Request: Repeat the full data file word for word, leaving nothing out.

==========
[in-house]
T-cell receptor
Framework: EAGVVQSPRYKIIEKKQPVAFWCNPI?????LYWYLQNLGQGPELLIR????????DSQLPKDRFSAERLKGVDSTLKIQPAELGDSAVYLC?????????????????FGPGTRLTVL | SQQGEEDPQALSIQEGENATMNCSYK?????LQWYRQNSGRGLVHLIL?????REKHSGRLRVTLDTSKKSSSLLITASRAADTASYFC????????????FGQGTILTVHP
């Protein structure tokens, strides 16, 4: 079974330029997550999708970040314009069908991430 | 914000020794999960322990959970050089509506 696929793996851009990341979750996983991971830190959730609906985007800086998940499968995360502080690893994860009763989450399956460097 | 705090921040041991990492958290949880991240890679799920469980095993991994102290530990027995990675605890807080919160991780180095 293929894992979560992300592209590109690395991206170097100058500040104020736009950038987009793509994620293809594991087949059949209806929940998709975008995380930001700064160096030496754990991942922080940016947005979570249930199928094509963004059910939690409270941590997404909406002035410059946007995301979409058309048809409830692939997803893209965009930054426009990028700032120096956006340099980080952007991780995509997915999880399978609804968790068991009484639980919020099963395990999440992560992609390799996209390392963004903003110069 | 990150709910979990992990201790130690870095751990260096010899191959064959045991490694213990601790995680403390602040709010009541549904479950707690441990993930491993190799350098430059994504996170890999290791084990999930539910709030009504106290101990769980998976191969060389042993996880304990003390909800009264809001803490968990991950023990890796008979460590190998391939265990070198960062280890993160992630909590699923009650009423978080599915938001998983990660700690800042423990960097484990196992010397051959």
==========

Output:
[in-house]
T-cell receptor
Framework: EAGVVQSPRYKIIEKKQPVAFWCNPI?????LYWYLQNLGQGPELLIR????????DSQLPKDRFSAERLKGVDSTLKIQPAELGDSAVYLC?????????????????FGPGTRLTVL | SQQGEEDPQALSIQEGENATMNCSYK?????LQWYRQNSGRGLVHLIL?????REKHSGRLRVTLDTSKKSSSLLITASRAADTASYFC????????????FGQGTILTVHP
């Protein structure tokens, strides 16, 4: 079974330029997550999708970040314009069908991430 | 914000020794999960322990959970050089509506 696929793996851009990341979750996983991971830190959730609906985007800086998940499968995360502080690893994860009763989450399956460097 | 705090921040041991990492958290949880991240890679799920469980095993991994102290530990027995990675605890807080919160991780180095 293929894992979560992300592209590109690395991206170097100058500040104020736009950038987009793509994620293809594991087949059949209806929940998709975008995380930001700064160096030496754990991942922080940016947005979570249930199928094509963004059910939690409270941590997404909406002035410059946007995301979409058309048809409830692939997803893209965009930054426009990028700032120096956006340099980080952007991780995509997915999880399978609804968790068991009484639980919020099963395990999440992560992609390799996209390392963004903003110069 | 990150709910979990992990201790130690870095751990260096010899191959064959045991490694213990601790995680403390602040709010009541549904479950707690441990993930491993190799350098430059994504996170890999290791084990999930539910709030009504106290101990769980998976191969060389042993996880304990003390909800009264809001803490968990991950023990890796008979460590190998391939265990070198960062280890993160992630909590699923009650009423978080599915938001998983990660700690800042423990960097484990196992010397051959």